Preston Pate, Ronnie Lashley and Willie Levi were among the Henry’s Turkey Service workers taken to a hotel in Muscatine after their bunkhouse in Atalissa was shut down in February 2009. (AP Photo/The Des Moines Register, File)
by Ryan J. Foley
Associated Press Writer
IOWA CITY, Iowa (AP) — A juror says she wanted to send a message by supporting a historic $240 million verdict for 32 mentally disabled men who faced decades of abuse by a Texas company: Never again.
Juror Robin Griebel outlined her rationale for awarding $7.5 million to each former employee of Henry’s Turkey Service, while the men, their attorney and relatives celebrated Wednesday’s verdict.
One man planned to dress up for a steak dinner with Robert Canino, the Equal Employment Opportunity Commission lawyer who represented them. Another hoped to use any damages recovered to fulfill his dream of buying a camper.
Griebel, of Davenport, was part of the eight-member jury for the trial, which exposed the deplorable conditions the men faced living in a rural Iowa bunkhouse while working at a turkey processing plant. They were forced to work grueling jobs through injuries, were verbally and physically abused by supervisors and lived in a filthy, century-old building.
Jurors wanted to try to compensate the men for their suffering while holding the company accountable for mistreatment, Griebel said. It’s the largest verdict obtained by EEOC.
“We wanted to let the men know there are people out there that do care, and we wanted to let people out there know that, in the future, this cannot happen,” she told The Associated Press.
She said the jurors agreed quickly during deliberations that the company had violated the Americans with Disabilities Act. The hard part was figuring out how to calculate damages because “life does not have a dollar amount.”
“They were in there for 30 years. They had their lives taken away from them,” said Griebel, 48, who is unemployed. “Nothing can compensate these men for what they went through or for what they have missed out on.”
Sherri Brown, sister of former worker Keith Brown, who now lives in Fayetteville, Ark., spurred state officials in 2009 to investigate the bunkhouse, which they closed and then took the men into custody.
Her brother lived there 30 years while working at West Liberty Foods, which paid Henry’s $500,000 annually for the men’s work. Sue Gant, an expert witness for EEOC, prepared a report showing Brown was routinely forced to carry heavy weights as punishment, locked in his room and called derogatory names — like the other workers.
When the bunkhouse was shuttered, Brown was underweight and in need of mental health treatment, the report said. He’s since had surgery for a hernia and takes sleep medicine because he suffers from nightmares about the abuse, Gant found.
Despite medical problems, he’s happier than ever: living in an apartment, working at a center for the disabled, cooking his own meals, his sister said.
“What is amazing is how resilient the guys have been,” she said. “They are so happy to be out of that. They have a new life.”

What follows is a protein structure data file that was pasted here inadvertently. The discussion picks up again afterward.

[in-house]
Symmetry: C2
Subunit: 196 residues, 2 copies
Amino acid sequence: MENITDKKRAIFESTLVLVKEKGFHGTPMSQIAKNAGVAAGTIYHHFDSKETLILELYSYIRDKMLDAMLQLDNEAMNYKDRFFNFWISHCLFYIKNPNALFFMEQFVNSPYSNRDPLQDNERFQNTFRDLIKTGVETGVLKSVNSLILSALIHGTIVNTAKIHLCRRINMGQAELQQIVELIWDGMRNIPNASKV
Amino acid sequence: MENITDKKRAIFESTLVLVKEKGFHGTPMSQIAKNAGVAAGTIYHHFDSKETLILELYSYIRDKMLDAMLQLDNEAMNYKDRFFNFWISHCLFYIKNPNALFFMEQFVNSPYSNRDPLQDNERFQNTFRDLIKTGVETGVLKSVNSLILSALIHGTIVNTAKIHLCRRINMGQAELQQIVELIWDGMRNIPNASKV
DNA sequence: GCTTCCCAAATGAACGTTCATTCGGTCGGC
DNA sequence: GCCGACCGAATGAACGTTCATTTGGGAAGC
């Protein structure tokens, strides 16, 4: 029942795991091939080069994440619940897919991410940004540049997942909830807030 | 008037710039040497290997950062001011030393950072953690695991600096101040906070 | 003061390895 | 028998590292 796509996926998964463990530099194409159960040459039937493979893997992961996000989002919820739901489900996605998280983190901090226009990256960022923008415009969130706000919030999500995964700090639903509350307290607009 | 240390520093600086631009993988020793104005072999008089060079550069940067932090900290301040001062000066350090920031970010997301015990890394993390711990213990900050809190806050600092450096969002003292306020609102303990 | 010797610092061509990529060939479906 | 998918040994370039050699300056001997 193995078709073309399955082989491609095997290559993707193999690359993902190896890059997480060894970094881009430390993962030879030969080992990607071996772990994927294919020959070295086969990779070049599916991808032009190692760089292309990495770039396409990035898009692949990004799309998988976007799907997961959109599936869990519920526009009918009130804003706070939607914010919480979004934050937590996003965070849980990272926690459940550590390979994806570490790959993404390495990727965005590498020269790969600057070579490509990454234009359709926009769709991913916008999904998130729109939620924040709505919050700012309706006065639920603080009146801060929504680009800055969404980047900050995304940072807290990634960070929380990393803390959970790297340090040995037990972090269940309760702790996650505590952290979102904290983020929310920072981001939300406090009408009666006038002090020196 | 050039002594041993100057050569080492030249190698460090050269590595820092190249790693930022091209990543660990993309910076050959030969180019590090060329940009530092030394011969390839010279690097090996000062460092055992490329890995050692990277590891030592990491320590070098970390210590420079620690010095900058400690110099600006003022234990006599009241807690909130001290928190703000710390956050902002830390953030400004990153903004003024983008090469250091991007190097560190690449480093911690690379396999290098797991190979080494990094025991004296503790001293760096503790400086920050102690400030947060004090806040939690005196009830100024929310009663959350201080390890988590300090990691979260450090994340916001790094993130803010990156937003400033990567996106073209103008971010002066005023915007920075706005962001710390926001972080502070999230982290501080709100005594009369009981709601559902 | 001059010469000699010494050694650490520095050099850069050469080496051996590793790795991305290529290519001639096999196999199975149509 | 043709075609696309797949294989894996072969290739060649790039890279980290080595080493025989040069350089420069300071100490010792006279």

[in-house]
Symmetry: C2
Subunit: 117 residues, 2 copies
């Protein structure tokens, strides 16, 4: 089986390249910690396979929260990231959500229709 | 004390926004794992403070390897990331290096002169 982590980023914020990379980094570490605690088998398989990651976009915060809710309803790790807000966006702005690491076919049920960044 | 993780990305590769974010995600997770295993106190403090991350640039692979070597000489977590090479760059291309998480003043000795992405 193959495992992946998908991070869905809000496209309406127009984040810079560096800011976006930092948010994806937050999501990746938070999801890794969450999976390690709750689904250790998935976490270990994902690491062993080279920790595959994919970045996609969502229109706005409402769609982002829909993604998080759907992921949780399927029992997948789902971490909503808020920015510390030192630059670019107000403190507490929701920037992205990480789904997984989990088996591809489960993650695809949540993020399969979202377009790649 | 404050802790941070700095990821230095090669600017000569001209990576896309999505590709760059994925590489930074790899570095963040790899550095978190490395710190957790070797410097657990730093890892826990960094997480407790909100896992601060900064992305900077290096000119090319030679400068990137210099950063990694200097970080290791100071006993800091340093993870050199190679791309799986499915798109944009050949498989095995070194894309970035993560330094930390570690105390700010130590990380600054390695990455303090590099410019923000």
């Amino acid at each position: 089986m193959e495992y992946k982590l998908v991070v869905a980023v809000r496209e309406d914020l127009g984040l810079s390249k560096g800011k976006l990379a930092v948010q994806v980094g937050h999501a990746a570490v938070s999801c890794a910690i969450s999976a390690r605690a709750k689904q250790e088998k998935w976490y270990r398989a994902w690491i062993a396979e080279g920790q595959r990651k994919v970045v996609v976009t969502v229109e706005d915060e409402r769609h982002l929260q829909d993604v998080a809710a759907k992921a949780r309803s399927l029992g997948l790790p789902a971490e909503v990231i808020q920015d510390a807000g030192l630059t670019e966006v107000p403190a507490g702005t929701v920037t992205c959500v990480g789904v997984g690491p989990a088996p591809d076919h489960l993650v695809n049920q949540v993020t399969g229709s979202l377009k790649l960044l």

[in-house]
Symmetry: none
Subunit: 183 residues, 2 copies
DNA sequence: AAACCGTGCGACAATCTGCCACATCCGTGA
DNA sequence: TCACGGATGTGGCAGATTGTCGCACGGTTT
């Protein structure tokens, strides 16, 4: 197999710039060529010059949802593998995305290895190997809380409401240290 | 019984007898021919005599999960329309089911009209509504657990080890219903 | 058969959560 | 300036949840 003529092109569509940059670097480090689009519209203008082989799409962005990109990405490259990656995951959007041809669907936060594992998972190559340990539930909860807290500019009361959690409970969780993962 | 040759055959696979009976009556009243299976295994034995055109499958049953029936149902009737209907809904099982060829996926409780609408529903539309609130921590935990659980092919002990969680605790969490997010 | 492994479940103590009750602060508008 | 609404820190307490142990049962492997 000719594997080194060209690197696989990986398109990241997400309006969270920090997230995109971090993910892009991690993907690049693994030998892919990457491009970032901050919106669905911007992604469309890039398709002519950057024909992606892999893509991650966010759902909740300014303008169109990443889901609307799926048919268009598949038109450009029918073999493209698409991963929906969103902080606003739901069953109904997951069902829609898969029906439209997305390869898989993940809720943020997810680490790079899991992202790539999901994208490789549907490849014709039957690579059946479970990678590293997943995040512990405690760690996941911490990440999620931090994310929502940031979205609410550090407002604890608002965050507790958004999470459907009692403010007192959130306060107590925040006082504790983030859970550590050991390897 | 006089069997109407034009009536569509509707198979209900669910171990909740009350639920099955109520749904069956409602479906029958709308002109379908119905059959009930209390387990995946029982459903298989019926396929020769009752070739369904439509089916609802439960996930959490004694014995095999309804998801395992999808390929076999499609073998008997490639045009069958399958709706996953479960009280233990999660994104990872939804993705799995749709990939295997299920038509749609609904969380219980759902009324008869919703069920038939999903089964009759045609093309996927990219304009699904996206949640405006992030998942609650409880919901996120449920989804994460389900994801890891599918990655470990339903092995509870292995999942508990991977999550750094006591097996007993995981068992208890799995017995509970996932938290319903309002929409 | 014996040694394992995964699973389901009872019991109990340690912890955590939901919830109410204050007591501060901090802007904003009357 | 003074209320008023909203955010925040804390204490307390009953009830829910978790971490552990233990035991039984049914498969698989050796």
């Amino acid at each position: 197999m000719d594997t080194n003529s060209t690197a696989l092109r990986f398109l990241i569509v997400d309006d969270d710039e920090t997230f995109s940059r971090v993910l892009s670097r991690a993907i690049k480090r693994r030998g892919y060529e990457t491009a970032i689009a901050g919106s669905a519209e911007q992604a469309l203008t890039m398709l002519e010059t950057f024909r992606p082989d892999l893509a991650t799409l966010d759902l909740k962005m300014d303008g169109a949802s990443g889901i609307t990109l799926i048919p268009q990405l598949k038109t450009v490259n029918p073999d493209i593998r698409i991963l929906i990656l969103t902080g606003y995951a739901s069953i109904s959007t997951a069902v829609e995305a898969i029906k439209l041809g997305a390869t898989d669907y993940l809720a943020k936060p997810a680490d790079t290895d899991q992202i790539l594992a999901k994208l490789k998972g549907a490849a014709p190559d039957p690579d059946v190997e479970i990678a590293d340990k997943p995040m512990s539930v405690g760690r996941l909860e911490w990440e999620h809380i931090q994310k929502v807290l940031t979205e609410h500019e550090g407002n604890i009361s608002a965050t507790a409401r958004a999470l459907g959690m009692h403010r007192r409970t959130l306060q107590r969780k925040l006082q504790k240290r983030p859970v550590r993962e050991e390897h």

Canino said the verdict will likely be reduced because of damage limits in the ADA, but it’s not clear by how much. Lawyers will file briefs before U.S. Senior Judge Charles Wolle enters a judgment in coming weeks.
Wolle has already ordered Henry’s to pay $1.3 million in back wages because the company paid workers $65 monthly — 41 cents per hour — after excessively docking their paychecks and Social Security benefits for the cost of their care.
Henry’s, now defunct, isn’t expected to have the resources to pay. Canino said he will seek to collect as much as possible by going after assets, including 1,000 acres of Texas ranchland.
Canino was traveling to Waterloo, Iowa, to celebrate the verdict with former workers. One of them, Gene Berg, was disappointed that he wasn’t called to testify because he’d picked out the outfit he was going to wear and was “so proud,” Canino said.
“I promised I would drive up there and have dinner with him, wearing the outfit he was going to wear in court,” he said.
Keith Brown reacted to the verdict by expressing his desire to buy a camper so that he can retire on a relative’s farm, Sherri Brown said.
“He kept saying, what about the money, can I get my camper? I keep trying to explain the process: That’s going to be a difficult thing,” she said. “But it’s so good that he has a dream.”
Sherri Brown said her father had good intentions when he placed Keith with Henry’s in the 1970s, noting Texas officials promoted the company for training the mentally disabled. Henry’s sent hundreds of men to labor camps in Iowa and elsewhere.
Founder T.H. Johnson lived at the Iowa bunkhouse until his death in 2008. Sherri Brown said conditions started to really deteriorate then. Her brother was begging her to allow him to move to Arkansas, but wouldn’t explain what was wrong.
“I knew something wasn’t right,” she said. She called state officials in 2009 asking them to investigate.
Within days, they shut down the former schoolhouse after the fire marshal declared it uninhabitable. It was infested with mice and cockroaches and had a leaky roof, boarded-up windows that failed to keep out cold and fire hazards that included space heaters as the only source of heat.
“I think greed got in the way. They saw the dollar signs,” Sherri Brown said. “They saw how easy it was to make money and keep these guys hidden away.”
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